50 Artists | 5 Stages | Rain or Shine! volcano@resist.ca | Info/Volunteer Line: 604.255.0163 Photos left to right: Euphrates/The Gossip/ Dope Poets Society/ Ward Churchill/clann zu

Tsleil-Waututh Nation - ArtpieceTsleil-Waututh Nation: A quick rewind of colonial history

3204 years ago Tsleil-Waututh Nation ancestors paddled the waters off Whey-ah-Wichen (Cates Park). They hunted and gathered, living in harmony with the local environment for thousands of years.

87 years ago as the local forests were cut down, the Dollar Mill established operations and created a settlement (Dollar’s Town) for its workers. The route to the outside world was, for the most part, by way of the Burrard Inlet.

85 years ago the Cedarside Mill was established nearby, at what is now Little Cates Park.

74 years ago the Dollarton highway was built as an economic development tool to connect Dollarton with North Vancouver and Vancouver. At the same time, a squatter community was established at Roche Point, which is now the shoreline of Cates Park.

50 years ago one of Canada’s most famous authors was forced out of his North Vancouver "paradise.” Malcolm Lowry wrote one of the finest books of the 20th Century during his 14-year intermittent residency in the “Lazy Bay” squatter community.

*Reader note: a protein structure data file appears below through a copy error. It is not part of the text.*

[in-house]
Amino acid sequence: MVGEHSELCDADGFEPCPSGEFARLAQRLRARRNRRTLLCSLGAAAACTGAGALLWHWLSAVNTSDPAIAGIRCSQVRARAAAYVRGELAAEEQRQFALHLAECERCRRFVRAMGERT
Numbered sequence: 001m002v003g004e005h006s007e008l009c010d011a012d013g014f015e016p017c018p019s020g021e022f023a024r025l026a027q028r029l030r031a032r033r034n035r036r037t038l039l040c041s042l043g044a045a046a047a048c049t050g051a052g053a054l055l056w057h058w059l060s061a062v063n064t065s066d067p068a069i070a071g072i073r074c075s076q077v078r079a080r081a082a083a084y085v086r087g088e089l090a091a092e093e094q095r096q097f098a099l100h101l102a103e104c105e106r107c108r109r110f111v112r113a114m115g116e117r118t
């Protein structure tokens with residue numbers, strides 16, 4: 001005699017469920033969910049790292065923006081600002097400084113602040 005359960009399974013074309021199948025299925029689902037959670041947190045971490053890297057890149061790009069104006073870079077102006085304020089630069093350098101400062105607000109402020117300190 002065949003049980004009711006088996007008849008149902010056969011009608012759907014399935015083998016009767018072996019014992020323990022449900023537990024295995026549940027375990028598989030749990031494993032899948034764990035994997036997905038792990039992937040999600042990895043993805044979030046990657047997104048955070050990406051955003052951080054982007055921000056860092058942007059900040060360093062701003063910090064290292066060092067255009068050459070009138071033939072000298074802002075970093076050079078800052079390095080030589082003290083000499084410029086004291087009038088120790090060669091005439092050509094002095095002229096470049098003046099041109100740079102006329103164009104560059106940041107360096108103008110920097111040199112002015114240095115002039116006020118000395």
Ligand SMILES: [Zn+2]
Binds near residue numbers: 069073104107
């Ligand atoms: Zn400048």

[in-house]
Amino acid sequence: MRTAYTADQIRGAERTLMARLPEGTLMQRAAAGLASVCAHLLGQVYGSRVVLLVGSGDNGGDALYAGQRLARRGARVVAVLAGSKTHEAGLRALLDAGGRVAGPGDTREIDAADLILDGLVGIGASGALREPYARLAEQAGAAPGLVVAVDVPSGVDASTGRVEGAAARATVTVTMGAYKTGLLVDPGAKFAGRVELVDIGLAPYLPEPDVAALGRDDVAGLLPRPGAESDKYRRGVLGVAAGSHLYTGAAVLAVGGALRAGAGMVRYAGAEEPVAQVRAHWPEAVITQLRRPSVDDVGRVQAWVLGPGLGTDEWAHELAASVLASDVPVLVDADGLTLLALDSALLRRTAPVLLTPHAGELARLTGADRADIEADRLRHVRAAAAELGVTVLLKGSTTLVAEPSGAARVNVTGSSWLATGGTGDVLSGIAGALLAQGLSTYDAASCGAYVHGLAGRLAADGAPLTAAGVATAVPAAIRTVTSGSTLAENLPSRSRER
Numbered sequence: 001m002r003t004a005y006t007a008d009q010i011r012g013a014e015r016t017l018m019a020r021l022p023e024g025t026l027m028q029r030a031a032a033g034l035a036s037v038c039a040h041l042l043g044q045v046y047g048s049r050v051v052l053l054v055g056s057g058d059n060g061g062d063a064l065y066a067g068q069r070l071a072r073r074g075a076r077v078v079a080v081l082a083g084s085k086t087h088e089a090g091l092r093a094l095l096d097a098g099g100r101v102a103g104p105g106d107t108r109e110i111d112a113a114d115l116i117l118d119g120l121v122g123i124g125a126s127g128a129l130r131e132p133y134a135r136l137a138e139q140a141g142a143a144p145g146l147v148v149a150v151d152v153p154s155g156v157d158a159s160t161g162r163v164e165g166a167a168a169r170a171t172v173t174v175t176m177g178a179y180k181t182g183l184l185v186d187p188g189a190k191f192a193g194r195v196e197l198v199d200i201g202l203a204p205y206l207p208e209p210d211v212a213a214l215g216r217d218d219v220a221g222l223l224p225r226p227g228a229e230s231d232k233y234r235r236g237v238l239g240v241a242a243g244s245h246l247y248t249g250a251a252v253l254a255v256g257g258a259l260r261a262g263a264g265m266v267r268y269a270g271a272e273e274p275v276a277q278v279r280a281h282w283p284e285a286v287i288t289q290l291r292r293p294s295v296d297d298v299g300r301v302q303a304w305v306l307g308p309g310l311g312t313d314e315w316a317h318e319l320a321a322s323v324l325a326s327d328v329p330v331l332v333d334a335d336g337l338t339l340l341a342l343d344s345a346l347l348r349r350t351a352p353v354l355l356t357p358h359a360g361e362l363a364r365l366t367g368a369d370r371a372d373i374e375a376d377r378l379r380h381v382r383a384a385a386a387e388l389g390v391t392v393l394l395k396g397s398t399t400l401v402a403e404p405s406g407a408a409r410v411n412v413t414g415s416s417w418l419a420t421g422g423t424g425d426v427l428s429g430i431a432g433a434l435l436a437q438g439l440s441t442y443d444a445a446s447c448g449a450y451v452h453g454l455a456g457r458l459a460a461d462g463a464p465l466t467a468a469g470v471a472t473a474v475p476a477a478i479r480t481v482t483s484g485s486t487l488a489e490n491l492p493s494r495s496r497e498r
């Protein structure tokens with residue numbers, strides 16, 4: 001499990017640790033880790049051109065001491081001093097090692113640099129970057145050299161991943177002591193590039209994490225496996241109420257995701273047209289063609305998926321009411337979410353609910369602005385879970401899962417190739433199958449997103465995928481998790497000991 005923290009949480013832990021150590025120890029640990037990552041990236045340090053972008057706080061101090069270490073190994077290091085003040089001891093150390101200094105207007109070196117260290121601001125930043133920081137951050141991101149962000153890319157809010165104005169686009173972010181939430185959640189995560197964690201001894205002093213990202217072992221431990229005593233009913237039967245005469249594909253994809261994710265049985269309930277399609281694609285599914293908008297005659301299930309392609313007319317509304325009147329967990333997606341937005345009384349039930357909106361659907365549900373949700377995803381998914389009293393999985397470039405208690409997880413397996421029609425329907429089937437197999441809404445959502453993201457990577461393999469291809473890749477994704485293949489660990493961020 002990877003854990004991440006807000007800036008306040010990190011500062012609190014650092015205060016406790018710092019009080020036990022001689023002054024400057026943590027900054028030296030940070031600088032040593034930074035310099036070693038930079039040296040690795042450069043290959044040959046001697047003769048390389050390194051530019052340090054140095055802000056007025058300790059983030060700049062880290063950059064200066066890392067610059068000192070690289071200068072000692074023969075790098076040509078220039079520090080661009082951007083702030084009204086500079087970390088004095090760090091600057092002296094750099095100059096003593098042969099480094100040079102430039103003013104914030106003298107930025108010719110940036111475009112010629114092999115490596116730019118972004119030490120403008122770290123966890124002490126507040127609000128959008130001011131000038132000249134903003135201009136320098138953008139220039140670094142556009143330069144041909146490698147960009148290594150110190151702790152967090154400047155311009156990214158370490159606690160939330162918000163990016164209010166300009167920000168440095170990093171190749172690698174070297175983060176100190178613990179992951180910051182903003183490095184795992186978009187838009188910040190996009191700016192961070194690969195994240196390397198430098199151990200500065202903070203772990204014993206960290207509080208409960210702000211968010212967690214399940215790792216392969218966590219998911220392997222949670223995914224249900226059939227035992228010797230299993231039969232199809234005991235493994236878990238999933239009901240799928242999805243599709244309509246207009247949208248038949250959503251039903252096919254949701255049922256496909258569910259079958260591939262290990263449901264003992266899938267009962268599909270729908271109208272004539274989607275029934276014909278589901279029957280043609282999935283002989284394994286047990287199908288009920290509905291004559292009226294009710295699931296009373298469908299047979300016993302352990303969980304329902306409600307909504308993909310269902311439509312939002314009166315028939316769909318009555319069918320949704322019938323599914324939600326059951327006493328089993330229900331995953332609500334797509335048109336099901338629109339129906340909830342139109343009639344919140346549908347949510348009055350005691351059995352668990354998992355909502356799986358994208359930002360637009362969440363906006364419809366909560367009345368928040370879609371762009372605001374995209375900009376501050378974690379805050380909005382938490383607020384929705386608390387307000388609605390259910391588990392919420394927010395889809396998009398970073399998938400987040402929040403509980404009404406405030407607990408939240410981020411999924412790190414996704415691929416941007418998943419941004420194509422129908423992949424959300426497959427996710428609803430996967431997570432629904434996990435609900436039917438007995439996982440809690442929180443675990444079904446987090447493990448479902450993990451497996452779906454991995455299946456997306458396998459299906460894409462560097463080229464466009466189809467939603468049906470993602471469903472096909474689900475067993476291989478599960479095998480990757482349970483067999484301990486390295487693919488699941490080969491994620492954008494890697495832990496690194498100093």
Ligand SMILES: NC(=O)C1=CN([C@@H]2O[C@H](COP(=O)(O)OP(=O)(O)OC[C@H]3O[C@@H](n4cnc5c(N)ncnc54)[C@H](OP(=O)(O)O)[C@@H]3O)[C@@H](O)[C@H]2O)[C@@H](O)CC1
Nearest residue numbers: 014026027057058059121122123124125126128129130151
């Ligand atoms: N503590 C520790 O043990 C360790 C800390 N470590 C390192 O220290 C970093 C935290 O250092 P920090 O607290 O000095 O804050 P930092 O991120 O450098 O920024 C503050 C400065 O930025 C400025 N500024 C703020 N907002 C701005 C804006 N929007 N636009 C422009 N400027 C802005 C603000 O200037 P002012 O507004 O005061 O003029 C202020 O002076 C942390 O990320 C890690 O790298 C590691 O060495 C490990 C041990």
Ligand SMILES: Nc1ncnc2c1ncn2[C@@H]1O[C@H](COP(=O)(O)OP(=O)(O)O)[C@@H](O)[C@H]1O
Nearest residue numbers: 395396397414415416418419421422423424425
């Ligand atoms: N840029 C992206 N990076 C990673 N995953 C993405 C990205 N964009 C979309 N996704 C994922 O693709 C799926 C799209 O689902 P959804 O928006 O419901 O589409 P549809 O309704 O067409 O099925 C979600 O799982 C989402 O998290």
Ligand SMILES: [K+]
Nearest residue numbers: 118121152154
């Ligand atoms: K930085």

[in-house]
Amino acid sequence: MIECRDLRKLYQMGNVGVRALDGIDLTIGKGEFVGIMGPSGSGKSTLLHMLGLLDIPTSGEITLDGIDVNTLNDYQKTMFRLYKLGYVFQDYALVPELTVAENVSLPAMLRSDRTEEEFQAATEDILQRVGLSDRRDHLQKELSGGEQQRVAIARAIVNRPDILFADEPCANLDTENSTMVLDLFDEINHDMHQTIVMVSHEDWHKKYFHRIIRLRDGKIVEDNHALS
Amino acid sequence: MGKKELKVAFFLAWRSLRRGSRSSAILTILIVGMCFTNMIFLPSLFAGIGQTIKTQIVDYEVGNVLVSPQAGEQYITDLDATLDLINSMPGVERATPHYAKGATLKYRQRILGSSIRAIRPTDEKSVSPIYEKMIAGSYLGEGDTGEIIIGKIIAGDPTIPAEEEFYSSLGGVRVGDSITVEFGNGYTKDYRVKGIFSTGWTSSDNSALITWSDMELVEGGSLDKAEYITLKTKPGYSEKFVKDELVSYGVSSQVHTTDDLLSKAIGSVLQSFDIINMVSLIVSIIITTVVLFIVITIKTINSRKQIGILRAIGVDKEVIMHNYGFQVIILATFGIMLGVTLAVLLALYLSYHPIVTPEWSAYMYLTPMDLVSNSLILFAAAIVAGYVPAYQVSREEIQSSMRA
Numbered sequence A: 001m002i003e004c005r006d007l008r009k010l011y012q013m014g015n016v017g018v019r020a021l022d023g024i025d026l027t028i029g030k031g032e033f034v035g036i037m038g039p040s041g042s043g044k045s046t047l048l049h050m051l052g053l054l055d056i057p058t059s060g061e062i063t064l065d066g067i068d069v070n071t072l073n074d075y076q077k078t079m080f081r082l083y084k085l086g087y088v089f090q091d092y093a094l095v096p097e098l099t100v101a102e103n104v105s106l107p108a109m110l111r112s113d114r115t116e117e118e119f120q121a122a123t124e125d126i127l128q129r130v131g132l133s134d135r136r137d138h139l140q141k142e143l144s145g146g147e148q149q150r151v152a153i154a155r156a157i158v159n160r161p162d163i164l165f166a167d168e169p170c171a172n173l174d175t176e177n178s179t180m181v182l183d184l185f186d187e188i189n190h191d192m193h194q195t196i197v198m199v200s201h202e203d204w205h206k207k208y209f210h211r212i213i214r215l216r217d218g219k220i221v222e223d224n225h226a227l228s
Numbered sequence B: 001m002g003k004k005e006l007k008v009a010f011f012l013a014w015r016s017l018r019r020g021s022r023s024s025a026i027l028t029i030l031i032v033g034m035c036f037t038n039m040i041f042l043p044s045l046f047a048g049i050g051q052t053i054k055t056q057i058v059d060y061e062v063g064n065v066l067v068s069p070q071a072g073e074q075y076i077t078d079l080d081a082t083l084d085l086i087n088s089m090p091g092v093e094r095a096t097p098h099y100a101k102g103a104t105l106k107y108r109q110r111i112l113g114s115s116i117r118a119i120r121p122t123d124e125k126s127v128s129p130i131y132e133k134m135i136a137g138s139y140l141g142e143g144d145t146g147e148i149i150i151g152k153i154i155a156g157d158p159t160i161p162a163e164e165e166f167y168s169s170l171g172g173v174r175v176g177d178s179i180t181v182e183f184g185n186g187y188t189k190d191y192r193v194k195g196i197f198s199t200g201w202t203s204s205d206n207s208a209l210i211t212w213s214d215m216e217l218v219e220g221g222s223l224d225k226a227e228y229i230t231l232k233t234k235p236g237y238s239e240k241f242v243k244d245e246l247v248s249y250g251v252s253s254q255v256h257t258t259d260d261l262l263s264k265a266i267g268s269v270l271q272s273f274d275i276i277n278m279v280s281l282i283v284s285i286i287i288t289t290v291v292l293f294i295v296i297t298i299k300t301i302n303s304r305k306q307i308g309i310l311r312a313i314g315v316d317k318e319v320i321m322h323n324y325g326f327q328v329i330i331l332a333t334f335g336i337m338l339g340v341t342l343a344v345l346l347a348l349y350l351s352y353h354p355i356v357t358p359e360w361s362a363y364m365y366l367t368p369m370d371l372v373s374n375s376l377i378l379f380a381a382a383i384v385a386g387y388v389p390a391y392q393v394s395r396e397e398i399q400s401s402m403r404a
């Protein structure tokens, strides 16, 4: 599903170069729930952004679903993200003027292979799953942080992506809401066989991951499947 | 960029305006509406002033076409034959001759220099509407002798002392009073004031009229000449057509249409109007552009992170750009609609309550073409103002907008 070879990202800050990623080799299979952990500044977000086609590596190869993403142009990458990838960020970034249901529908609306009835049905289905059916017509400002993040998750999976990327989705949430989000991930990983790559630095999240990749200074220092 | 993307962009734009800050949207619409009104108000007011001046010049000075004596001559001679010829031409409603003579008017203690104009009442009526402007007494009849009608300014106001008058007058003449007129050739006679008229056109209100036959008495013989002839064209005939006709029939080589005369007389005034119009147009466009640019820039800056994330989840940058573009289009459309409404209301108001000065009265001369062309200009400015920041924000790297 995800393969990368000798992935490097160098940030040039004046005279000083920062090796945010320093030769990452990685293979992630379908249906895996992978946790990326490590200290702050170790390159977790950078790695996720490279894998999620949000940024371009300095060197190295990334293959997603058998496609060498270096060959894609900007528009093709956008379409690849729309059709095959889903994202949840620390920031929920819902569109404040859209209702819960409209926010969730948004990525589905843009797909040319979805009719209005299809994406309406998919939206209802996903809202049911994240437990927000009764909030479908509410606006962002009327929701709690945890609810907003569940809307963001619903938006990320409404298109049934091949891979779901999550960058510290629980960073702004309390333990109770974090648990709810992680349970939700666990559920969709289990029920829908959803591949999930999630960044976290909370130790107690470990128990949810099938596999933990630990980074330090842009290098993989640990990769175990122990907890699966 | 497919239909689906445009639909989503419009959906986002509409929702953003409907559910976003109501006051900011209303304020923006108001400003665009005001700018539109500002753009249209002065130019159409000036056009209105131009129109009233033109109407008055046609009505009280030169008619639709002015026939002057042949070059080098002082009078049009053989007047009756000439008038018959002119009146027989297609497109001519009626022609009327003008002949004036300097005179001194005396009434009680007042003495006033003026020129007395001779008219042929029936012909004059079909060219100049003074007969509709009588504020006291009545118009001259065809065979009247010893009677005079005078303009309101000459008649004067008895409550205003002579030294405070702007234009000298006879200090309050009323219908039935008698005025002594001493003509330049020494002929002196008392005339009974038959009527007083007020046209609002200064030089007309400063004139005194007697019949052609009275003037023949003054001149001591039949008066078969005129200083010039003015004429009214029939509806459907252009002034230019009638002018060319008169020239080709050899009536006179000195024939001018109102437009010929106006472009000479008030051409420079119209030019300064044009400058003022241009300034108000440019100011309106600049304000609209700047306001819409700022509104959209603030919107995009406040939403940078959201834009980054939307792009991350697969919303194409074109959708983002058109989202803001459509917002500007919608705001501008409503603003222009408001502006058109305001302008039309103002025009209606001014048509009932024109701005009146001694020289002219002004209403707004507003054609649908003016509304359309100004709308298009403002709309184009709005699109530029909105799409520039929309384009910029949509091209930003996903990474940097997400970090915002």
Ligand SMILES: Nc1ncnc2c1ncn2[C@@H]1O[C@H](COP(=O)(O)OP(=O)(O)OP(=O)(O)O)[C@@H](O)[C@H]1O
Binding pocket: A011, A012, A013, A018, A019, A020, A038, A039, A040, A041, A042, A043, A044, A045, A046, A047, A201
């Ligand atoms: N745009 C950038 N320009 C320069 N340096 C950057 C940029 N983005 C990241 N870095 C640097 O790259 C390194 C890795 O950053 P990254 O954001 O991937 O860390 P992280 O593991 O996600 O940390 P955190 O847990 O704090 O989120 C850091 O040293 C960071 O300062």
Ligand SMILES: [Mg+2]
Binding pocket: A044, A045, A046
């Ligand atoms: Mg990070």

46 years ago the last of the 90 squatter’s homes were demolished at Roche Point and adjacent Lazy Bay.

45 years ago bulldozers and workers developed Cates Park, with grass fields, paths, and boat launch.

35 years ago thousands of youth gathered in Cates Park from around North America to initiate a new form of cultural gathering—to protest and to drop out. The Pleasure Faire was a counterculture event with music, performance, politics, and artisans.

33 years ago the squatter settlement at Maplewood Flats was burned down to make way for a proposed shopping centre.

15 years ago another generation of youth gathered in Cates Park to celebrate youth culture and political issues and broke new ground with cross-cultural and interdisciplinary work.

4 years ago the North Vancouver District and the Tsleil-Waututh Nation formally signed a Cates Park / Whey-ah-Wichen protocol / cultural agreement.


Tsleil-Waututh Nation use of Whey-ah-Wichen

The Tsleil-Waututh Nation once numbered thousands throughout their territories. This expanse is now referred to as Vancouver, the North Shore, and the entirety of Indian Arm.

“We know our numbers were around 10,000. They lived seasonally, Belcarra was the winter village and in the spring and summer, the people scattered to different summer villages.“

- Leah George, Tsleil Waututh Nation

Cates Park, or Whey-ah-Wichen, was one of these villages. An archaelogical investigation was made by the North Vancouver District, in consultation with the Tsleil-Waututh, and found Cates Park to be one of the few remaining large archaeological sites in the Lower Mainland. Resting in the earth at the Under the Volcano Festival are artifacts from the Tsleil-Waututh Peoples. Many of these were stolen by treasure-seekers digging in Cates Park during the 1950-90 period, including household implements and tools. In 1999, human remains were discovered where the shore is being eroded by the tide. These were found to be some 300 years old.